Daniel Horgos (BSP Business & Law School, Hamburg)
Job Satisfaction has long been considered an important aspect in the productivity of a firm’s work force. International research provides empirical evidence that what matters for job satisfaction is not just pecuniary characteristics of the work place but also non-pecuniary factors of the work and the workplace itself. Data shows that these dimensions become increasingly important the higher the living standard of an economy as measured by income is. They are thus of particular relevance for firms in advanced economies. Narratives about work at IT firms like Google and others suggest that a comfortable work environment that also acknowledges the human factor in labor gains importance in the digital economy and thus becomes an asset in the competition for scarce human resources. The speeding up of technological advances in the field of ICT (including AI) and the permeation of nearly all activities of firms thereby adds momentum to the managerial issues involved.
Thus far, the evidence on how information technologies and the digitization of the economy affect job satisfaction seems to be inconclusive though. Taking a closer look at the issues, some emphasize that work even becomes more stressful with the possibility to control an individual’s work and with the job insecurity increasing as the potential of automating processes broadens. Others point to the option of getting rid of repetitive and monotonous work and thus to the enabling properties of the digitization, augmenting labor and effectively upskilling the labor force.
The vast majority of contributions to the field explore managerial challenges of the digitization as to human resources either from a purely micro-perspective focusing on the firm or from a purely macro-perspective focusing on the various sectors and labor market segments of the economy. Both have in common though to approach the changes by asking how the digitization affects work and how to “adapt” to the changes -- as if the “disruptions” associated with the transition to a digital firm (or economy for that matter) were exogenous. Notwithstanding the relevance of both approaches, they might underrate the “leadership aspects” in the managerial tasks posed by the digitization, that is management in the true sense of the word.
We show that the marrying of both, the micro- and the macro-perspective, is important for identifying crucial parameters for management and for the managerial task of augmenting (rather than automating) labor with digitization. We do so by illuminating the components of job satisfaction by means of an international multi-level approach. In our empirical analysis, we thus draw on job satisfaction from the International Social Survey Program (ISSP), which provides ordinal information about perceptions at work at the individual level and on digitization data from the World Bank’s Digital Adoption Index (DAI), which measures digital adoption for more than 180 economies at the country level, distinguishing between three dimensions: people, government and business. In order to assess the relationship between job satisfaction and digitization, we combine these measures with a range of macro-control variables taken from the Penn World Tables (PWT) and the World Development Indicators (WDI). Accordingly, the question why firms in some countries are seemingly more successful in delivering on job satisfaction with digitization than in others is key to identifying what it takes for leadership at the firm level and for the management of the complexities involved in the digitization. Bringing in the international dimension of competition in managing the digital transformation is all the more important given (i) the imminent rearrangement of supply chains and (ii) the “friendshoring” towards countries which are economically and politically more alike. Both of these developments are expected to tighten competition in the field of digitization management.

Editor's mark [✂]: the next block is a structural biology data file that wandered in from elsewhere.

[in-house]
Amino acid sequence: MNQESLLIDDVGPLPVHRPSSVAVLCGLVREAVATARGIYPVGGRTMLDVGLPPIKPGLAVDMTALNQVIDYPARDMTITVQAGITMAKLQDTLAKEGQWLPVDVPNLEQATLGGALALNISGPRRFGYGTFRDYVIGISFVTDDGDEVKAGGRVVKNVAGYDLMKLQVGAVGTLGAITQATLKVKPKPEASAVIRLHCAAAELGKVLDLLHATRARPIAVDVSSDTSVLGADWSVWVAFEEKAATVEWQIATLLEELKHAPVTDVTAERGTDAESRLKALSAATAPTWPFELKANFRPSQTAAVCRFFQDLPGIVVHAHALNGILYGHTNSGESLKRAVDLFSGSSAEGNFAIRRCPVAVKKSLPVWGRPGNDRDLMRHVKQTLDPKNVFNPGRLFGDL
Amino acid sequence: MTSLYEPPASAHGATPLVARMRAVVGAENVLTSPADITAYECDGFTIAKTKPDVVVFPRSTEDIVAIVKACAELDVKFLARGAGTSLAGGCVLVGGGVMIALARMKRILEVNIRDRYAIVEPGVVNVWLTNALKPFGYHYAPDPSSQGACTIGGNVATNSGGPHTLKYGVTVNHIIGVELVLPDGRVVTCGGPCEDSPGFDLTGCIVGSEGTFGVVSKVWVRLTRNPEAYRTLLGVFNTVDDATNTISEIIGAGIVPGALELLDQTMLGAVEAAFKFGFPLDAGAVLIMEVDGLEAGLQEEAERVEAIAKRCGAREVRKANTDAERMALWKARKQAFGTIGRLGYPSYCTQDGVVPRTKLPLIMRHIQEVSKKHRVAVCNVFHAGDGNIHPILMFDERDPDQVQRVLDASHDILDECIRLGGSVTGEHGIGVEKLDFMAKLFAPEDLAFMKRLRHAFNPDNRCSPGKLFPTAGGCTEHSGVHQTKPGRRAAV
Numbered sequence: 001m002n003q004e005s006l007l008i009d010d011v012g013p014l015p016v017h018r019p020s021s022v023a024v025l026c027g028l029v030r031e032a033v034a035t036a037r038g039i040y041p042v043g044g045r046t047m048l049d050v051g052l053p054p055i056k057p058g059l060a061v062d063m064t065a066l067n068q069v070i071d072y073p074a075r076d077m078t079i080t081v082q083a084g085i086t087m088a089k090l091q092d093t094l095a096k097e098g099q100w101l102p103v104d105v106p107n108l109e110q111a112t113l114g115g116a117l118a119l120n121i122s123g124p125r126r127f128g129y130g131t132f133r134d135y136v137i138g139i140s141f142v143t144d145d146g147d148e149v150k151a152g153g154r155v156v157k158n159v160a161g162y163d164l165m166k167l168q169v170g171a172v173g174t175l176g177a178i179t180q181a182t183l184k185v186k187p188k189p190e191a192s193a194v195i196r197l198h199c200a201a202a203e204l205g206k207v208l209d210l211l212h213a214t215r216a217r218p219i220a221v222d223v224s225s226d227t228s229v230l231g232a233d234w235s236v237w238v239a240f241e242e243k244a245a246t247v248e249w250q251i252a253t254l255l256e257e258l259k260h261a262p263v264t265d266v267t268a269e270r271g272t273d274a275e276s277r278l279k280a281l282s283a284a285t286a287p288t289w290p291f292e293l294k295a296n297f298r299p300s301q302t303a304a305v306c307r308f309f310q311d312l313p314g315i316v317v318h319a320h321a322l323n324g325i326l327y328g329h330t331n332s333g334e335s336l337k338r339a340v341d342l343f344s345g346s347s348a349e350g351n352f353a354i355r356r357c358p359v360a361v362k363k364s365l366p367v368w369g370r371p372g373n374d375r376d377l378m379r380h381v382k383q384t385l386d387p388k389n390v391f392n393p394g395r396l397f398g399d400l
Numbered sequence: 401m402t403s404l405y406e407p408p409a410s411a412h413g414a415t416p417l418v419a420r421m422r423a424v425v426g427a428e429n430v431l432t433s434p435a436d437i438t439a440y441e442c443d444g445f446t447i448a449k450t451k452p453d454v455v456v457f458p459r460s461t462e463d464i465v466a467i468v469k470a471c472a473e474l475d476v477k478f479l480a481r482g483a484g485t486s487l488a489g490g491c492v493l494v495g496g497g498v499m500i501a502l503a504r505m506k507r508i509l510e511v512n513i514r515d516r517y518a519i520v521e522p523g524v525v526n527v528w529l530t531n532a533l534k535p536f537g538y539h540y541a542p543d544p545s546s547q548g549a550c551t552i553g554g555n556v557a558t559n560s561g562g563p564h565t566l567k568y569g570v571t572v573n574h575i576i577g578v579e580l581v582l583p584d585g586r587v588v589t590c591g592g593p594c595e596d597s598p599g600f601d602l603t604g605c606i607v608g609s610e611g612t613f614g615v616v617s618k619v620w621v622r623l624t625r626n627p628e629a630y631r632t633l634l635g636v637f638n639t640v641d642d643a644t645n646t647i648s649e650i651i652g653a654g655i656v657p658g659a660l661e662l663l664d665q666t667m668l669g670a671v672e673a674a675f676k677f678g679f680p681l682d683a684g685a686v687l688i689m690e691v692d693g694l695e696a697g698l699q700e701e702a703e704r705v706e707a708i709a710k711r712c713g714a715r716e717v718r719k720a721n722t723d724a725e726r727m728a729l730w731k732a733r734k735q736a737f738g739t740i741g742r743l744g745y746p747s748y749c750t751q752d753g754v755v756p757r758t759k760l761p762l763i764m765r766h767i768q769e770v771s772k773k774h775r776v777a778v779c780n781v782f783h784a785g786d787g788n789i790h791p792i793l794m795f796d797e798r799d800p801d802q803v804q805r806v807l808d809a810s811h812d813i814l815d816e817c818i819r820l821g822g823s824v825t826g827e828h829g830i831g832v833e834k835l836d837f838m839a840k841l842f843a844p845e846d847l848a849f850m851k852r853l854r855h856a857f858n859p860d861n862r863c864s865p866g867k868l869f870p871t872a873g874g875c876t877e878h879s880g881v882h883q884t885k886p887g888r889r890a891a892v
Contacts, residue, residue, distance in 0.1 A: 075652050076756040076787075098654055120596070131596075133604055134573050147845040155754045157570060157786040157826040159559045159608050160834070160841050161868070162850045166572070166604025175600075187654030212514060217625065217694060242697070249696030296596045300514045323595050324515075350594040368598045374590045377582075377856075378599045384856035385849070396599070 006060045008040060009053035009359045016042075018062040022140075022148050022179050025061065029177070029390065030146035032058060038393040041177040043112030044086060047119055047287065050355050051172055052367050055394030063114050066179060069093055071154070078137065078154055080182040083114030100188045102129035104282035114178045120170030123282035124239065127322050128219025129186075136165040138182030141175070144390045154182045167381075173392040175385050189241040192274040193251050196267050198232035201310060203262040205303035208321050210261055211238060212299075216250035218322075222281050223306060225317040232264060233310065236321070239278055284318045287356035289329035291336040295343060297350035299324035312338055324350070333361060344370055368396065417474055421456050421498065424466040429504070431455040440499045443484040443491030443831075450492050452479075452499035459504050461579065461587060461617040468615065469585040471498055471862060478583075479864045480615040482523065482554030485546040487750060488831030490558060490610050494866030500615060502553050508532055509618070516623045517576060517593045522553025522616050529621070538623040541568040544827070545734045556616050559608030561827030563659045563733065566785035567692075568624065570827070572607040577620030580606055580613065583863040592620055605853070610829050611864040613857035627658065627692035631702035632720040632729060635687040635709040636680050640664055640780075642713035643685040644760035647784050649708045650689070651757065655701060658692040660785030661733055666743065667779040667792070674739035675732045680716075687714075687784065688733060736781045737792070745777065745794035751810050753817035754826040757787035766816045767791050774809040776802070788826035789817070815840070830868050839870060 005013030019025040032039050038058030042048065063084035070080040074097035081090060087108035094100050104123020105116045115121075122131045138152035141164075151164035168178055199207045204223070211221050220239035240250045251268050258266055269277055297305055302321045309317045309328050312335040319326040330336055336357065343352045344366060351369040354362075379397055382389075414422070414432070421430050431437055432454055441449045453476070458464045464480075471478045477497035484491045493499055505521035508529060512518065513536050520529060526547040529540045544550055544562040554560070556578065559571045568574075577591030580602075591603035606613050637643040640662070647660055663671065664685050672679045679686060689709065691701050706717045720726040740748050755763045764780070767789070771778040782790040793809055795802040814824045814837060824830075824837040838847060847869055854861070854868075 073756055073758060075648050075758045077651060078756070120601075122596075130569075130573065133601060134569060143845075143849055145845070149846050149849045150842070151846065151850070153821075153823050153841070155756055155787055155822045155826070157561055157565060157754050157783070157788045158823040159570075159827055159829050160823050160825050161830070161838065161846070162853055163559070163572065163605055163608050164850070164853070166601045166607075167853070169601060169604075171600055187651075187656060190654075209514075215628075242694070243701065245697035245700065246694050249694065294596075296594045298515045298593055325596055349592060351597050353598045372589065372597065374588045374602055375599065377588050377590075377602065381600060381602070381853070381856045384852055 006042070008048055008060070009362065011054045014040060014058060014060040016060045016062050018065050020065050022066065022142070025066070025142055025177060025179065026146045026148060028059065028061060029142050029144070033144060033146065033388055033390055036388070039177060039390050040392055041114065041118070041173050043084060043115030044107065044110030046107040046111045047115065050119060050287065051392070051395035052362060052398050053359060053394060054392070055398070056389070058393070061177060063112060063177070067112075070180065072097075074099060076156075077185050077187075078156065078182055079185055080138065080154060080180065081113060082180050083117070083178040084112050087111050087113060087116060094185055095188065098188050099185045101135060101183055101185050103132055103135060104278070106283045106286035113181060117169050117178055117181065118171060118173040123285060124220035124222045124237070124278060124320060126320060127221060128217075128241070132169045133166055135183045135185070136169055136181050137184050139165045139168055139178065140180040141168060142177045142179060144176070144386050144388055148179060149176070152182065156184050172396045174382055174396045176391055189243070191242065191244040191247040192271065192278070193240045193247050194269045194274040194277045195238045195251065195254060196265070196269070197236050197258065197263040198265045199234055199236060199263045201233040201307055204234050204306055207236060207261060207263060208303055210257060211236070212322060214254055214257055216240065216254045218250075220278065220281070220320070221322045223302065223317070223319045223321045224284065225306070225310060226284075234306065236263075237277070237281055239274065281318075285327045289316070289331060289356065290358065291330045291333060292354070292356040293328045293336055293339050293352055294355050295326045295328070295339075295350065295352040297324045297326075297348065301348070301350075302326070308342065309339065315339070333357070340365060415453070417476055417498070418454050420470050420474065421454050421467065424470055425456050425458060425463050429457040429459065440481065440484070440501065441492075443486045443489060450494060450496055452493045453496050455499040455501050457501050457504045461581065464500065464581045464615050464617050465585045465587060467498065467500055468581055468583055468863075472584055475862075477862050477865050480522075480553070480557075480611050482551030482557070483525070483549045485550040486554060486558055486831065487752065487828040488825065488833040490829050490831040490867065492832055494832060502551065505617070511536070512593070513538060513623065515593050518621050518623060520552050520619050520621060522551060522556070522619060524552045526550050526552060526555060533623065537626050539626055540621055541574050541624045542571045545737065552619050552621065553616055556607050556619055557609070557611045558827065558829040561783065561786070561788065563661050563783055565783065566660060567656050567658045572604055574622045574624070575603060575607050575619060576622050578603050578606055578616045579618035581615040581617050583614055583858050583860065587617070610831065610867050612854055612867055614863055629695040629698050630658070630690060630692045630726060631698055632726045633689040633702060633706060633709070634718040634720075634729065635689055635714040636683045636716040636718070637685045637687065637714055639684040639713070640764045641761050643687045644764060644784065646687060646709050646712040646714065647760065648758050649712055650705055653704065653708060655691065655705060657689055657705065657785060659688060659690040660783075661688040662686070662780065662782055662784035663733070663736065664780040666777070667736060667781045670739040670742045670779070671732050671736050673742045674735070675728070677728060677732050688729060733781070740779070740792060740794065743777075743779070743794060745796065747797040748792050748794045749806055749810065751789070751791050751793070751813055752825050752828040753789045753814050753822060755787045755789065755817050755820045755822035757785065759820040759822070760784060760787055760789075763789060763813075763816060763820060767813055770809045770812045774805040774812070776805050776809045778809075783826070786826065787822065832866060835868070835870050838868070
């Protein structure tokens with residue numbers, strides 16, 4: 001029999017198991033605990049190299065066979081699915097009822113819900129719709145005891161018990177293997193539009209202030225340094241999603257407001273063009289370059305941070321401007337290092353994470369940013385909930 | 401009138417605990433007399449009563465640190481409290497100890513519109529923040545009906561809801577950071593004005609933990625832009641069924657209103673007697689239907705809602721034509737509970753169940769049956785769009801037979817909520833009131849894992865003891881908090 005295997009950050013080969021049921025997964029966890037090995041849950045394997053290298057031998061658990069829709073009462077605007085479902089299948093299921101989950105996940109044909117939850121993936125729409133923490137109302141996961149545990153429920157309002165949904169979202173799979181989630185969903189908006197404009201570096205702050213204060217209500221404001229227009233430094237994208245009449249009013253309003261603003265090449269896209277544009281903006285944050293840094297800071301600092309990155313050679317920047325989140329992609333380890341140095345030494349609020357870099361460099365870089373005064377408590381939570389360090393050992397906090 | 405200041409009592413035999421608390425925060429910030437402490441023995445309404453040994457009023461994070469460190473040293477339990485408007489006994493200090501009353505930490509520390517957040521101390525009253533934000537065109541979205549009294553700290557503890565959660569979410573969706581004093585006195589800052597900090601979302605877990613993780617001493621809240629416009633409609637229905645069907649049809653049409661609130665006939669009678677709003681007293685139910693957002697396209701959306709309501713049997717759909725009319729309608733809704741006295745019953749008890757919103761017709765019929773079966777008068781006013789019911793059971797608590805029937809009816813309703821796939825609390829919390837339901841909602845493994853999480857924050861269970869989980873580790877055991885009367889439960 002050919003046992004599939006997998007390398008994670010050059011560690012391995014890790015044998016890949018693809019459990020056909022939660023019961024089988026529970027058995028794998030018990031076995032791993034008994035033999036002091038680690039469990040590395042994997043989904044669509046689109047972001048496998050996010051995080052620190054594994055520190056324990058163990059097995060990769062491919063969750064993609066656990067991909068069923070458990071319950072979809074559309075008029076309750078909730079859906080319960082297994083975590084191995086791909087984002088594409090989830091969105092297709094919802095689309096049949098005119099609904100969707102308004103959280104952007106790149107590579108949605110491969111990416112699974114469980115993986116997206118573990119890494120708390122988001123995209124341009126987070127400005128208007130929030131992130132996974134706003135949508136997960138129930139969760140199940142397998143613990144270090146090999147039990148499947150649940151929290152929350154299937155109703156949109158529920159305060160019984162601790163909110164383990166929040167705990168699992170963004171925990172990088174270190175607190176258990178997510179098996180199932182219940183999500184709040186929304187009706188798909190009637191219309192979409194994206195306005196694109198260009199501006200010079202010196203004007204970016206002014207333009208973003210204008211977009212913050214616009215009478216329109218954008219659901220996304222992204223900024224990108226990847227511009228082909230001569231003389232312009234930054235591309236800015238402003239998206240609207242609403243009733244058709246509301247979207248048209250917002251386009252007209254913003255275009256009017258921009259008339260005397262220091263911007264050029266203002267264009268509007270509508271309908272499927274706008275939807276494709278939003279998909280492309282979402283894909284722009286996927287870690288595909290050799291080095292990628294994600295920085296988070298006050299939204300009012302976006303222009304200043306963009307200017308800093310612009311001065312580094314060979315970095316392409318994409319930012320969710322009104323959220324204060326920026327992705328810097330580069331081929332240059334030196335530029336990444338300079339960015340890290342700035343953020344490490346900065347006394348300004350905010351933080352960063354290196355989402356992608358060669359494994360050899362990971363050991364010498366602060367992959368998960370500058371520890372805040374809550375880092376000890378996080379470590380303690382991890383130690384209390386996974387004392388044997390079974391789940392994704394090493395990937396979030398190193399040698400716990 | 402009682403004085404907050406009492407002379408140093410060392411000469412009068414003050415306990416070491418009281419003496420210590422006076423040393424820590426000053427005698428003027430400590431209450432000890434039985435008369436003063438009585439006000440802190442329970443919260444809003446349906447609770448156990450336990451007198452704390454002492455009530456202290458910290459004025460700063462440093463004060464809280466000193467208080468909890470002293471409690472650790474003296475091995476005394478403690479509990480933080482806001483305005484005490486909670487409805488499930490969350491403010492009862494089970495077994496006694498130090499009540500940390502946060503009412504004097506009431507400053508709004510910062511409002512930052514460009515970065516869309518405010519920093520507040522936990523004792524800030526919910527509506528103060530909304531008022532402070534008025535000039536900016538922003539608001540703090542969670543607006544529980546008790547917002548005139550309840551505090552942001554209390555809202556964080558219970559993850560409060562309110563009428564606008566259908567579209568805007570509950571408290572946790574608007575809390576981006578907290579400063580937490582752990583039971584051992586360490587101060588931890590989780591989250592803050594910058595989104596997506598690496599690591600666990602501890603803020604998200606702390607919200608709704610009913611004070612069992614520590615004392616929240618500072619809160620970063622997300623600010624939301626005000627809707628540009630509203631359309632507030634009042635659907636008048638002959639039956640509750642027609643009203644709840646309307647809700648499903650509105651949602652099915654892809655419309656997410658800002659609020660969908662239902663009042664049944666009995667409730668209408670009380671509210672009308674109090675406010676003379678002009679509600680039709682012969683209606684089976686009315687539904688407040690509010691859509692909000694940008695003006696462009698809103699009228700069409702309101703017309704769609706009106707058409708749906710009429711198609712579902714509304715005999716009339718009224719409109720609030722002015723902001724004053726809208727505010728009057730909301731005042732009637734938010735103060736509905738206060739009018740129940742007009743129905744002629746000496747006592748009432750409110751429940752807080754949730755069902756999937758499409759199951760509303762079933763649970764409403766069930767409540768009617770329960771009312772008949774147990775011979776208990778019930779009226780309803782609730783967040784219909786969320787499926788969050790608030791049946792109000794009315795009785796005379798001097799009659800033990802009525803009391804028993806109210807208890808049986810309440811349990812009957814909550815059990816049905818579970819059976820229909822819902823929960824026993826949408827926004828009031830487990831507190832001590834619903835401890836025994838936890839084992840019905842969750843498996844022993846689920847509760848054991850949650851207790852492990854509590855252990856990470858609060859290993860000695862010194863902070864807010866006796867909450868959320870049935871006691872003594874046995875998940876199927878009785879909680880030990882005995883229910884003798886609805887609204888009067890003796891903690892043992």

Lecture Hall (A-032)